REI sells over 1,000 brands. Beginning soon, the retailer will hold every one of them accountable to higher social and environmental Product Sustainability Standards.
REI wants to make a positive global impact. Today, it announced measures sure to shake up the outdoors industry.
REI’s new sustainability policy goes far beyond its own walls and website. In the very near future, the retail juggernaut will require all products it sells to meet stringent sustainability measures.
These include macro-level changes like eliminating long-chain fluorocarbons in DWR treatments for jackets, requiring humane animal treatment in wool and down farming, and improving factory working conditions all over the world.
“We thought about everything from cotton to gear to sunscreens to electronics,” said Greg Gausewitz, manager of product sustainability for REI. “This impacts everything across all categories.”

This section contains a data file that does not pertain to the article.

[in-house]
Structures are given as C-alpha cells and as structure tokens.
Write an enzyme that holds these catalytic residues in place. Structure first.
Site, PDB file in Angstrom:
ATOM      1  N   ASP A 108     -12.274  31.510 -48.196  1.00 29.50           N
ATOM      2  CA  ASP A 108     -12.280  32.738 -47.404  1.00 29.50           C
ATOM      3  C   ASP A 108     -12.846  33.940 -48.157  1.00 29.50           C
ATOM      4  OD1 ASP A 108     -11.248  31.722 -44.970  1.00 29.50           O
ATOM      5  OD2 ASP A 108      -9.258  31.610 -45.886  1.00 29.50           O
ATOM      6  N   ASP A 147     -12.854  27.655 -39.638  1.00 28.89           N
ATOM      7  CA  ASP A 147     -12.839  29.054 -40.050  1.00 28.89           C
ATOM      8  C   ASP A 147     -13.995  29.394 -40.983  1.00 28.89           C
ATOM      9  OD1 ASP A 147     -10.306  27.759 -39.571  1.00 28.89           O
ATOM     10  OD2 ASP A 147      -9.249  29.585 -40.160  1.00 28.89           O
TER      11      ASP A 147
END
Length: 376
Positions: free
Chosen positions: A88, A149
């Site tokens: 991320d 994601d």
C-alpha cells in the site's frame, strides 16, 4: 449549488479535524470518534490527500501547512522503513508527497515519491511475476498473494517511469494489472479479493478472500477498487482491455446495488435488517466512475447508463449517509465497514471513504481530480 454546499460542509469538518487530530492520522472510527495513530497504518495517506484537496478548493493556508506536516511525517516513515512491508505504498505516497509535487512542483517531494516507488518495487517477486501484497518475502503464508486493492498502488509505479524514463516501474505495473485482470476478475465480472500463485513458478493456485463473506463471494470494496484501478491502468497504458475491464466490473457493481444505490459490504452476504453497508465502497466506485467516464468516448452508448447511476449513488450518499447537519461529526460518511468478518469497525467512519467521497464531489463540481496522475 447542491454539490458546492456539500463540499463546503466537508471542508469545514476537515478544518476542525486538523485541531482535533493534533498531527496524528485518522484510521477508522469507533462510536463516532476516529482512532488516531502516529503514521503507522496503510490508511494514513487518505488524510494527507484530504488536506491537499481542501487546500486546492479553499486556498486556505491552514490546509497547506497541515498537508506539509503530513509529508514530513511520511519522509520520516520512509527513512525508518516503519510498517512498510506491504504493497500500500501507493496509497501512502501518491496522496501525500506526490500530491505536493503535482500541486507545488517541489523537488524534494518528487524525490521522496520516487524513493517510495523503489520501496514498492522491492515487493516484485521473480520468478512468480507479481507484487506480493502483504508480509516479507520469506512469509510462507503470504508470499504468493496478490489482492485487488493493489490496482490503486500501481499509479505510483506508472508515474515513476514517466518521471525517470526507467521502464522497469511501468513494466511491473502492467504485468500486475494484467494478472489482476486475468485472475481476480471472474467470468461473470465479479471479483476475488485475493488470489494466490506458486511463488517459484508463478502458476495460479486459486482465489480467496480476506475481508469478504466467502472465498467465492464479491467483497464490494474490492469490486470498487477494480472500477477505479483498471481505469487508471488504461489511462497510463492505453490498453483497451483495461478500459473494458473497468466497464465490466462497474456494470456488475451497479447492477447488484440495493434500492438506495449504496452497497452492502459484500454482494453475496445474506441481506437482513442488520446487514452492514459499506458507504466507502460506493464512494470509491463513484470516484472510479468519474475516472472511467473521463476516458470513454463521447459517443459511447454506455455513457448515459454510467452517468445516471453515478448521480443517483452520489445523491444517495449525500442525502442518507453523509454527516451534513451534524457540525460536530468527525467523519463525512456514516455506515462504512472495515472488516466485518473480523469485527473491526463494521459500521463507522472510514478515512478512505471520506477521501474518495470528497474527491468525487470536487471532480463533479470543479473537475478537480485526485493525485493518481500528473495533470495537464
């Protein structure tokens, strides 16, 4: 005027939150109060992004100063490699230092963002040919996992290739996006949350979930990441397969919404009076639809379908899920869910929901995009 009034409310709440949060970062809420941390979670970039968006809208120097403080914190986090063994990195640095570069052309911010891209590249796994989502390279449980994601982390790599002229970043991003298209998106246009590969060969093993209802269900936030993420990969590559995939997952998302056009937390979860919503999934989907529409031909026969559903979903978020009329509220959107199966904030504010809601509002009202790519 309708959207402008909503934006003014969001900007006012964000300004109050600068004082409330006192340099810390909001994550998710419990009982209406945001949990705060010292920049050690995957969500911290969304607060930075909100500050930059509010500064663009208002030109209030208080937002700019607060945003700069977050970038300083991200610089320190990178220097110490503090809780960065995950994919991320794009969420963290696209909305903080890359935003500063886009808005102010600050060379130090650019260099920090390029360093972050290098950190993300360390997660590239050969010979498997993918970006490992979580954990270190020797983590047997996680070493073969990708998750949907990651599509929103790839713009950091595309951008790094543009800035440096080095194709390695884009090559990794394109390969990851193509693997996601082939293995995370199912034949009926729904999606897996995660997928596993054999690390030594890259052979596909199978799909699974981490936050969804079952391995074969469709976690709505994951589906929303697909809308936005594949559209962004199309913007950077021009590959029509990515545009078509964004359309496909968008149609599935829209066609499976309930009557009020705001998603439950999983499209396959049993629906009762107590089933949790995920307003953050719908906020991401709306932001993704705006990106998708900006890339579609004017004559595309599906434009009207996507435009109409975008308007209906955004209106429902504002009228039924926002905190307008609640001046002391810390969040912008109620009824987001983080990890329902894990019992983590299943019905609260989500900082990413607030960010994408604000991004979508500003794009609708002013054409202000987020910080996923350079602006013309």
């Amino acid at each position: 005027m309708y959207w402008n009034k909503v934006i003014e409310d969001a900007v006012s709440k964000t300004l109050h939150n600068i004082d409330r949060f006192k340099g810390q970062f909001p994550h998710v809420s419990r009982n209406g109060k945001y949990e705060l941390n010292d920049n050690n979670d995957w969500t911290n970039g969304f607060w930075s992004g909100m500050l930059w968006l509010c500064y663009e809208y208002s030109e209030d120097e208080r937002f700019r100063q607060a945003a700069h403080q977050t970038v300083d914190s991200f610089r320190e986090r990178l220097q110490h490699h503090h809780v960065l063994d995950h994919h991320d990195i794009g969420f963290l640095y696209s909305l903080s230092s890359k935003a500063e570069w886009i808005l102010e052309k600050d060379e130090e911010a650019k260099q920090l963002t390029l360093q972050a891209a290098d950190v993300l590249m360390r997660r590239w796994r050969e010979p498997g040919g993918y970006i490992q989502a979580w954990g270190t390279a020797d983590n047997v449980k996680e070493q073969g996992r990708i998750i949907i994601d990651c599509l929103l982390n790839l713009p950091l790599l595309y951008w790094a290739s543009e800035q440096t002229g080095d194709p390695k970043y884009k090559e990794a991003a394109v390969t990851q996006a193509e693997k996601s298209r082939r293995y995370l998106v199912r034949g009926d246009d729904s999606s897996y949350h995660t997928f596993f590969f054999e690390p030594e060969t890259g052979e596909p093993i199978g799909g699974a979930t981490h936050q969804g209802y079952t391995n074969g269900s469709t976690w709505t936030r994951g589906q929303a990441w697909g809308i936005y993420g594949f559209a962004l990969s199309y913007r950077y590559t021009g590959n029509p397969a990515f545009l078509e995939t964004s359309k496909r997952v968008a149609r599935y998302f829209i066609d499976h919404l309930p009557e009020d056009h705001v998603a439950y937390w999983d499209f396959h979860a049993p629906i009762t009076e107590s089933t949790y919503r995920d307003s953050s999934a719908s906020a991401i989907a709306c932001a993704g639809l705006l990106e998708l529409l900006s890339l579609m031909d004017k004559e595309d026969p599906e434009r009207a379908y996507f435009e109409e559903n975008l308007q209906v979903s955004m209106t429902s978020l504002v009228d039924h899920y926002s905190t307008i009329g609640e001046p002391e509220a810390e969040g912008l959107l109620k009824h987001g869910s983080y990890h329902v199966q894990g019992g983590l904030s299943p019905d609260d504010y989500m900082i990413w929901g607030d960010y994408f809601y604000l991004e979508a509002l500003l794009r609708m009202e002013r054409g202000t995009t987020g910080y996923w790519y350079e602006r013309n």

REI Sets High Standards
REI created a 12-page document detailing its new sustainability standards for brands, to which it has sent copies. It outlines both brand expectations (minimum requirements) and preferred attributes (such as third-party bluesign or Forest Stewardship Council [FSC] certifications).
“These are feasible for both big and small brands,” said Gausewitz. “Some go into place immediately, while others that are new and take time to implement will be implemented with a fall 2020 deadline.”
REI plans to hold all brands – including industry giants like The North Face and mom-and-pop niche manufacturers – all to the same standards.
“This effort to advance sustainability across an entire vendor base is among the most comprehensive in the U.S. retail industry,” says Adam Siegel, senior vice president of research, innovation, and sustainability for the Retail Industry Leaders Association (RILA).
REI Product Sustainability Standards